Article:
The pC++ performance environment allows us to investigate interesting performance behavior in more detail. In particular, a pC++ program execution involves several execution components: initialization, processor object instantiation, thread creation, collection creation, runtime system operation, and the application's main algorithm. To associate performance data with these important operationally-semantic components, we formulated an instrumentation model that we then applied to detailed performance studies. This instrumentation model is represented in Figure 6.
Essentially, we identify events at the begin and the end of the program as well as at the begin and end of each major execution component (event capture points are indicated by circled numbers in the figure). From these events, the following time measurements are computed:
Our first application of the above instrumentation and measurement model was to determine, using tracing, the relative influence of different phases of the entire benchmark execution where the language and runtime system execution components were involved. Because the speedup results reported in §5 are only for the parallel section, we wanted to characterize the speedup behavior in other program regions. An example of the detailed performance information we are able to obtain is shown for the Poisson benchmark in Figures 7, 8, and 9 for the shared memory pC++ ports.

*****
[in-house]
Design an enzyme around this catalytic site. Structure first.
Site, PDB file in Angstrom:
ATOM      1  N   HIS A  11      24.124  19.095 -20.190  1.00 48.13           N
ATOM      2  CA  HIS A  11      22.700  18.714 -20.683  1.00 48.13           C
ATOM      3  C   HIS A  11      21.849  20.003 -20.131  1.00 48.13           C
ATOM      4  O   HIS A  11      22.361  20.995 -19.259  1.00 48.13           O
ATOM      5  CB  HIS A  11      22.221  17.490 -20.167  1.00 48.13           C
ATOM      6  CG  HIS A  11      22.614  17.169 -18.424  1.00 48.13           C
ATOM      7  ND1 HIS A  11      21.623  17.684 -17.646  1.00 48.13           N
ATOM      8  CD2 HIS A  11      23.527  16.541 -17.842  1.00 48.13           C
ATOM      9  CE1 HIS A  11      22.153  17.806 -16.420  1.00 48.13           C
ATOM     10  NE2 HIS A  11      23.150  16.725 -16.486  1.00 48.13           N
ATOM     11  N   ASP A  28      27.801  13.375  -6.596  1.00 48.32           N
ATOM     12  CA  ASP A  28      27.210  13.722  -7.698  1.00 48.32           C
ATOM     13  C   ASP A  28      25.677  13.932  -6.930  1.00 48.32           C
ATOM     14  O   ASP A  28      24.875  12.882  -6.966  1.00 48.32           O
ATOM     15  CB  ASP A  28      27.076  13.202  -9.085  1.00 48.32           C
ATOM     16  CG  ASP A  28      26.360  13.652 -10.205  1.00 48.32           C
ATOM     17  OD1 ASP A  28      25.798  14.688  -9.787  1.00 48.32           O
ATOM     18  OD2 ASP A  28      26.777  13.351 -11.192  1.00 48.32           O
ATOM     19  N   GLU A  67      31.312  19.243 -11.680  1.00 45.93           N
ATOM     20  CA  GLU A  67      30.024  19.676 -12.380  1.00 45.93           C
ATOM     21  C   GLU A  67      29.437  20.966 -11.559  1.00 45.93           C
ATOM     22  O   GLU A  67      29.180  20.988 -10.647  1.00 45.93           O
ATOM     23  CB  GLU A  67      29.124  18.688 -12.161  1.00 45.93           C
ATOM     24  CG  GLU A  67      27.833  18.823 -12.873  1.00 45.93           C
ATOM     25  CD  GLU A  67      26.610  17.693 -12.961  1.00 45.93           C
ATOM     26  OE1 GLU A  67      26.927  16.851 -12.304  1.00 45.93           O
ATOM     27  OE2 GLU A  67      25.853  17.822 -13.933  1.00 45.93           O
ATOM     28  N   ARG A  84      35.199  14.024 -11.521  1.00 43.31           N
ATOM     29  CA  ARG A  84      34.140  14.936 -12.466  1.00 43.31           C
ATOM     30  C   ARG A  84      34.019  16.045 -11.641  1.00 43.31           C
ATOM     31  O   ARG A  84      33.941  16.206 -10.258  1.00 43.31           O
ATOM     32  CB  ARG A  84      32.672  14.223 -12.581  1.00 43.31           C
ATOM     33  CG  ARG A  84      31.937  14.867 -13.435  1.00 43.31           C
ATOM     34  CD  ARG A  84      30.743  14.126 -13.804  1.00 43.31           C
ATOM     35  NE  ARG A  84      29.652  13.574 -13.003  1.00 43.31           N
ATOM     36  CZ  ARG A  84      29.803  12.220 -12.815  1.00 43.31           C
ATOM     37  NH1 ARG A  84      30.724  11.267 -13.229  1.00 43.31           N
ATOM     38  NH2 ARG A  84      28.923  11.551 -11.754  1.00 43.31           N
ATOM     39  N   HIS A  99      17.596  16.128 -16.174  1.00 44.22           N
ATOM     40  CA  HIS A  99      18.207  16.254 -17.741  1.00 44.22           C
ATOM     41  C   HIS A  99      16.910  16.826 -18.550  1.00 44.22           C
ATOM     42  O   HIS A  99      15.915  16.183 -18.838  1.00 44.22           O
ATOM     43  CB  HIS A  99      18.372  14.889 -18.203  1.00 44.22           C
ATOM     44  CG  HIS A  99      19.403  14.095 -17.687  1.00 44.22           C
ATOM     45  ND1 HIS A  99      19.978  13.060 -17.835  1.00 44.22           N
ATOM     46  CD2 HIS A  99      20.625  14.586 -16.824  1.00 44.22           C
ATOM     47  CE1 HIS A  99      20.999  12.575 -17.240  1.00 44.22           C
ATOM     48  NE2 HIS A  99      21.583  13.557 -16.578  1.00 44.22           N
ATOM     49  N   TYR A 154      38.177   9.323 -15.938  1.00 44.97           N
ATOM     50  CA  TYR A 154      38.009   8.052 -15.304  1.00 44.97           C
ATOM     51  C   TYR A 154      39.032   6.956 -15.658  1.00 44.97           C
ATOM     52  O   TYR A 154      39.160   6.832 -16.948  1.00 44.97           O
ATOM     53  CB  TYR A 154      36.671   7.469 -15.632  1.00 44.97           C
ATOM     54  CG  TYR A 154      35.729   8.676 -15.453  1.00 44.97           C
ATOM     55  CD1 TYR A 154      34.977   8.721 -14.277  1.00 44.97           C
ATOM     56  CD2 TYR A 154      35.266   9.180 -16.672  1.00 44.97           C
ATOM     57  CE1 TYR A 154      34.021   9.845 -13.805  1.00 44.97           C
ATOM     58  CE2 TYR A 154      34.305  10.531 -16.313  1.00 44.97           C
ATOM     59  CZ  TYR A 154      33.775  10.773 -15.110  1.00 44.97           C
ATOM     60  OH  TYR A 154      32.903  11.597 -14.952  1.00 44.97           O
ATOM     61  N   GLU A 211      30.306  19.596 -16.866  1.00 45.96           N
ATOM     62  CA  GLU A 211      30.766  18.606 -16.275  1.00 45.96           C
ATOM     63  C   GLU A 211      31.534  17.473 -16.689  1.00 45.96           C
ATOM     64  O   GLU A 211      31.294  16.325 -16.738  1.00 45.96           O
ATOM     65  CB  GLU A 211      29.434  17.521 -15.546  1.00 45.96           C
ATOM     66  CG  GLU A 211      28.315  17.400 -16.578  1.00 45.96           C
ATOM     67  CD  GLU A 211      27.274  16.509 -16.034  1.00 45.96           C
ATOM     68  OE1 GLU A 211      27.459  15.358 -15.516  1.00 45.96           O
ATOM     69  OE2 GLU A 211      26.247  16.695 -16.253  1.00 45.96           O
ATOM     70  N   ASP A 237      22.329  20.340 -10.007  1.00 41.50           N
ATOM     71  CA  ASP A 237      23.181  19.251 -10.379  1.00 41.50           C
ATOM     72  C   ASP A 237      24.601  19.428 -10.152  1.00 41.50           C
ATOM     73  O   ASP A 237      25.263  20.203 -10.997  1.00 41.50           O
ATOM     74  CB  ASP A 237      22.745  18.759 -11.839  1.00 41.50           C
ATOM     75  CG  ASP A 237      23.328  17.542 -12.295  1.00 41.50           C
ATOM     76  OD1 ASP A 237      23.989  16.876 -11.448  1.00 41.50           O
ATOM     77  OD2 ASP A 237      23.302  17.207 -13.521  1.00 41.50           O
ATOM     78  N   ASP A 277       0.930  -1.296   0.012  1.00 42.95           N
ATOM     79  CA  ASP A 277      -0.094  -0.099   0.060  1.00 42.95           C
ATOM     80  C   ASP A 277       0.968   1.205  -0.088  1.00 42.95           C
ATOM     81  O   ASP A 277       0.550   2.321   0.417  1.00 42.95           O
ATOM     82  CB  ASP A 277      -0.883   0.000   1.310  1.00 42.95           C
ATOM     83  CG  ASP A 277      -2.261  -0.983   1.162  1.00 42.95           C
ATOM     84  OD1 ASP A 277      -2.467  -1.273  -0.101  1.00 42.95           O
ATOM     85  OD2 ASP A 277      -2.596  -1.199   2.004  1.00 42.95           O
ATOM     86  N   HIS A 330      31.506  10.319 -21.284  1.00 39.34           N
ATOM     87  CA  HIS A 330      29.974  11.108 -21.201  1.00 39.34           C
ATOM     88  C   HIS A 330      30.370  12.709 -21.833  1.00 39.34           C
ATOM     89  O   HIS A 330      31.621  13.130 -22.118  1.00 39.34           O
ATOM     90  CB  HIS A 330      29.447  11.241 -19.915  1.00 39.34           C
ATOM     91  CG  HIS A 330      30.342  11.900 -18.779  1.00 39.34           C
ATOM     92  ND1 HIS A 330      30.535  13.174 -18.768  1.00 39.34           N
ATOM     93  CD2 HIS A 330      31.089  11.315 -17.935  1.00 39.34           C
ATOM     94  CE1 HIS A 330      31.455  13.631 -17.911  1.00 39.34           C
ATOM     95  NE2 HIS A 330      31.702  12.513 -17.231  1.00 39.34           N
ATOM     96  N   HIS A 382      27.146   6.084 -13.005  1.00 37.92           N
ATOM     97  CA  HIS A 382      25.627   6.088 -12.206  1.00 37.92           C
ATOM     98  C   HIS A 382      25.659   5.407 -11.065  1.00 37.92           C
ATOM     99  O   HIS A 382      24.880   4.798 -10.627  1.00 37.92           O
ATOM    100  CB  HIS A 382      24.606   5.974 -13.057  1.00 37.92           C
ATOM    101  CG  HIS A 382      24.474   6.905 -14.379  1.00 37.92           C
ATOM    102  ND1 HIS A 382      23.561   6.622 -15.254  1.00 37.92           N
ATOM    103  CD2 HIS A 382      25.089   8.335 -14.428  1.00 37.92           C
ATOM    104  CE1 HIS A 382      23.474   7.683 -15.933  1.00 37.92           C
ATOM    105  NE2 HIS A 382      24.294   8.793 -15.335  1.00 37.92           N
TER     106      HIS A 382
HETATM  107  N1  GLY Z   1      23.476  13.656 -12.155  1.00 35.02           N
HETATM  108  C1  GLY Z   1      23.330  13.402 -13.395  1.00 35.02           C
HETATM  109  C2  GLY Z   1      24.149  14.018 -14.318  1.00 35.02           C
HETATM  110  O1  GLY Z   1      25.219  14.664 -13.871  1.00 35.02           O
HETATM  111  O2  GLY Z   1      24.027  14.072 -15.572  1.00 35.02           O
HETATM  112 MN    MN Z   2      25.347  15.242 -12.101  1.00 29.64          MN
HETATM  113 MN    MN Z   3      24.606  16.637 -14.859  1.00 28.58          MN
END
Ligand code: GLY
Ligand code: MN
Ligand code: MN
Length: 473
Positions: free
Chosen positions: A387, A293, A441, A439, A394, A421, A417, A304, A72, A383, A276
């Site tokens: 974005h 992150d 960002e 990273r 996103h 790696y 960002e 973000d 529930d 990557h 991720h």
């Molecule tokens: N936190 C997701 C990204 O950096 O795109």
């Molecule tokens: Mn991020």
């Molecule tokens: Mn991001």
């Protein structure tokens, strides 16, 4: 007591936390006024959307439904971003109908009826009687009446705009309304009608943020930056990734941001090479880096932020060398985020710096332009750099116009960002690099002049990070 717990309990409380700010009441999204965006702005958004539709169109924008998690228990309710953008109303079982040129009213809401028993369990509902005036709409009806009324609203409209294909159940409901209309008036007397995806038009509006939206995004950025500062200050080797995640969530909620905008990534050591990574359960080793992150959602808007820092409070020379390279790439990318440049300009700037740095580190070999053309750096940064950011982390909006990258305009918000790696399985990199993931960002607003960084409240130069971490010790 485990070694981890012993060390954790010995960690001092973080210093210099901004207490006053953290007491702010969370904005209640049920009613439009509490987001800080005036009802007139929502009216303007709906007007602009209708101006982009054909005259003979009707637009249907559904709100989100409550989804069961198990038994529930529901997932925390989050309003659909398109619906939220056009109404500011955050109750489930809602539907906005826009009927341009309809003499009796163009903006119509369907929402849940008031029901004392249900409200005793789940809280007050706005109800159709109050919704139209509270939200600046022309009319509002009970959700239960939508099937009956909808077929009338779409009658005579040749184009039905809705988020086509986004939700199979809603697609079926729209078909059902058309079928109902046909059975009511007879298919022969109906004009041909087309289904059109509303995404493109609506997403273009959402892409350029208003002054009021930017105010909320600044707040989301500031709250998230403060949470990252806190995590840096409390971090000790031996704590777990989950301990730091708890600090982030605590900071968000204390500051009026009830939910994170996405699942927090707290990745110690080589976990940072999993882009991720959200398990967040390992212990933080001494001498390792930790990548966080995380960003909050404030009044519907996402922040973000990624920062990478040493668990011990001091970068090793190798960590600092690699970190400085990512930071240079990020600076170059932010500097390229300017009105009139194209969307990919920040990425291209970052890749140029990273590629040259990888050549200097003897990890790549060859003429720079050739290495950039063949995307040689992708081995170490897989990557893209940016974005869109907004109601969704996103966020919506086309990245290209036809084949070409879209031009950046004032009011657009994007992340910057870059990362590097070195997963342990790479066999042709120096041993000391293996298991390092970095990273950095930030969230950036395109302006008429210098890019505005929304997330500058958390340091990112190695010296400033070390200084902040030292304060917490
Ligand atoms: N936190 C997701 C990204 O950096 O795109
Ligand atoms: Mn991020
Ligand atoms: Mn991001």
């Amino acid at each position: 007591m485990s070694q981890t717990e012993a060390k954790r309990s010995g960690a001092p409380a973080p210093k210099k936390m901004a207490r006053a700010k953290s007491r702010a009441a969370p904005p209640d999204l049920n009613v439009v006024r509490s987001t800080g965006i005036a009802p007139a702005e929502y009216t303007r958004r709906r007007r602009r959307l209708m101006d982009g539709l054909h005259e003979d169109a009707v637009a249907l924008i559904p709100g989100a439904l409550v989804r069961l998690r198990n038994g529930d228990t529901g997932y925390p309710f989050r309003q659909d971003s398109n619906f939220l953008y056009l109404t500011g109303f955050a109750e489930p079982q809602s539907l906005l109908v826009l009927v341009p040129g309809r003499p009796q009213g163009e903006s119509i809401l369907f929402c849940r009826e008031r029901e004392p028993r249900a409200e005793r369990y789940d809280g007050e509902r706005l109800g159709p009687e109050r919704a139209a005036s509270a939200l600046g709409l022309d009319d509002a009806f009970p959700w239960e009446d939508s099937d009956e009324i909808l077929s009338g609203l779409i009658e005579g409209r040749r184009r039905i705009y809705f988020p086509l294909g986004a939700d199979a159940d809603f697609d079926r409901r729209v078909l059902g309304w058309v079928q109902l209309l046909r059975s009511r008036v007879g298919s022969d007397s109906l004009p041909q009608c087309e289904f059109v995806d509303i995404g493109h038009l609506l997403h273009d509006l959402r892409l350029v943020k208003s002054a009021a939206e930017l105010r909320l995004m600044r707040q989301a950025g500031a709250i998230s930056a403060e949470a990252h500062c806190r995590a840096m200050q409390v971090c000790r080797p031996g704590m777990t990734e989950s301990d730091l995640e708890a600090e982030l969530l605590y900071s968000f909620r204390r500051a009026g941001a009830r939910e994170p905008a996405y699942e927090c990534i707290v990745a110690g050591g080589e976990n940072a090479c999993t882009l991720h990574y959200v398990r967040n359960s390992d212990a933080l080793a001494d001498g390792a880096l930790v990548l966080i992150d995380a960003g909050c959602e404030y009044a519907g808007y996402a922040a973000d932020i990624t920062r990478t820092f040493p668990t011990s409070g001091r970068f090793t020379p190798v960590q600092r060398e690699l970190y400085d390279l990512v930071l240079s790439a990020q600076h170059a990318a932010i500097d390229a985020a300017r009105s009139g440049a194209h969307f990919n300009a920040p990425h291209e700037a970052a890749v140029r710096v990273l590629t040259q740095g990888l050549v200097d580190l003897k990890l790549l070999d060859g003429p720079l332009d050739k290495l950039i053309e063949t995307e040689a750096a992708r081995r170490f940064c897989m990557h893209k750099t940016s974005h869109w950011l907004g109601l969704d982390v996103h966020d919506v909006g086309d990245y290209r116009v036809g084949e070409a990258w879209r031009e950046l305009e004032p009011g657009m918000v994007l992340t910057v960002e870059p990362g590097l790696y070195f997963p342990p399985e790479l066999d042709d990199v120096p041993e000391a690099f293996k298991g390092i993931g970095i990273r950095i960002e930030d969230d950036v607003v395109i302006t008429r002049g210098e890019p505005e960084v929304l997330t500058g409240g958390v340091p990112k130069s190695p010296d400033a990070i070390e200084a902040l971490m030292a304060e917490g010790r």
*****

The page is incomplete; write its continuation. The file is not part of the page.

In addition to the phases described above, the figures show also the speedup profile of the sineTransform (fft) and cyclicReduction (cyclic) functions as described in Section 4.2. The graphs clearly show how overall performance is degraded by components of the execution other than the main parallel algorithm, which scales quite nicely. Although some of these components will become relatively less important with scaled problem sizes, understanding where the inefficiencies lie in the pC++ execution system will allow us to concentrate optimization efforts in those areas.
We use profiling measurements as a way of obtaining more detailed performance data about runtime system functions, thread-level application functions, collection class methods, and collection referencing. The pC++ profiler and instrumentation tools allow different levels and types of performance information to be captured. Whereas the type of measurement above helps us identify pC++ system problems, a pC++ programmer may be particularly interested in information about where the parallel algorithms is spending the most time and its collection referencing behavior.